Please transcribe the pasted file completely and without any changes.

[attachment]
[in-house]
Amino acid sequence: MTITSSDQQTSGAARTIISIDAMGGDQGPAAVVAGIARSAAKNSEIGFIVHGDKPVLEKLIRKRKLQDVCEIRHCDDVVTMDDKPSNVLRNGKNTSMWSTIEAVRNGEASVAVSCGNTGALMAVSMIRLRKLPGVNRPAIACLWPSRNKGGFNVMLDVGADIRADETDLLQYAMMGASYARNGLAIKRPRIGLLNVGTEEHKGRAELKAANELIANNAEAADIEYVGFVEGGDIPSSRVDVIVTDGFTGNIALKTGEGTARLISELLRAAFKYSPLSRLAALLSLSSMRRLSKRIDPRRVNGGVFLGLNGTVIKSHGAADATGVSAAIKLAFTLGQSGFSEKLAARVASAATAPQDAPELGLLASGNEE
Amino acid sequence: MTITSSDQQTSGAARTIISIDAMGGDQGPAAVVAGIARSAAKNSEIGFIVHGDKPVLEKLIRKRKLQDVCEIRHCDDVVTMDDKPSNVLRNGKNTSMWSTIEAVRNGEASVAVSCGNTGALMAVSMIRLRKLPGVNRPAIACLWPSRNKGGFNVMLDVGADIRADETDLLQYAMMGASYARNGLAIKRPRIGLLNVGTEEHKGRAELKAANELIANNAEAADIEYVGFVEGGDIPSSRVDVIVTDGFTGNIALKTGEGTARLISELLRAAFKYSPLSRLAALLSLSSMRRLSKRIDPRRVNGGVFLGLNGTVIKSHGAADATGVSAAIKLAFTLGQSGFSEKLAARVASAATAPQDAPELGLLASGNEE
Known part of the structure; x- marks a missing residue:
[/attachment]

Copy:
[in-house]
Amino acid sequence: MTITSSDQQTSGAARTIISIDAMGGDQGPAAVVAGIARSAAKNSEIGFIVHGDKPVLEKLIRKRKLQDVCEIRHCDDVVTMDDKPSNVLRNGKNTSMWSTIEAVRNGEASVAVSCGNTGALMAVSMIRLRKLPGVNRPAIACLWPSRNKGGFNVMLDVGADIRADETDLLQYAMMGASYARNGLAIKRPRIGLLNVGTEEHKGRAELKAANELIANNAEAADIEYVGFVEGGDIPSSRVDVIVTDGFTGNIALKTGEGTARLISELLRAAFKYSPLSRLAALLSLSSMRRLSKRIDPRRVNGGVFLGLNGTVIKSHGAADATGVSAAIKLAFTLGQSGFSEKLAARVASAATAPQDAPELGLLASGNEE
Amino acid sequence: MTITSSDQQTSGAARTIISIDAMGGDQGPAAVVAGIARSAAKNSEIGFIVHGDKPVLEKLIRKRKLQDVCEIRHCDDVVTMDDKPSNVLRNGKNTSMWSTIEAVRNGEASVAVSCGNTGALMAVSMIRLRKLPGVNRPAIACLWPSRNKGGFNVMLDVGADIRADETDLLQYAMMGASYARNGLAIKRPRIGLLNVGTEEHKGRAELKAANELIANNAEAADIEYVGFVEGGDIPSSRVDVIVTDGFTGNIALKTGEGTARLISELLRAAFKYSPLSRLAALLSLSSMRRLSKRIDPRRVNGGVFLGLNGTVIKSHGAADATGVSAAIKLAFTLGQSGFSEKLAARVASAATAPQDAPELGLLASGNEE
Known part of the structure; x- marks a missing residue: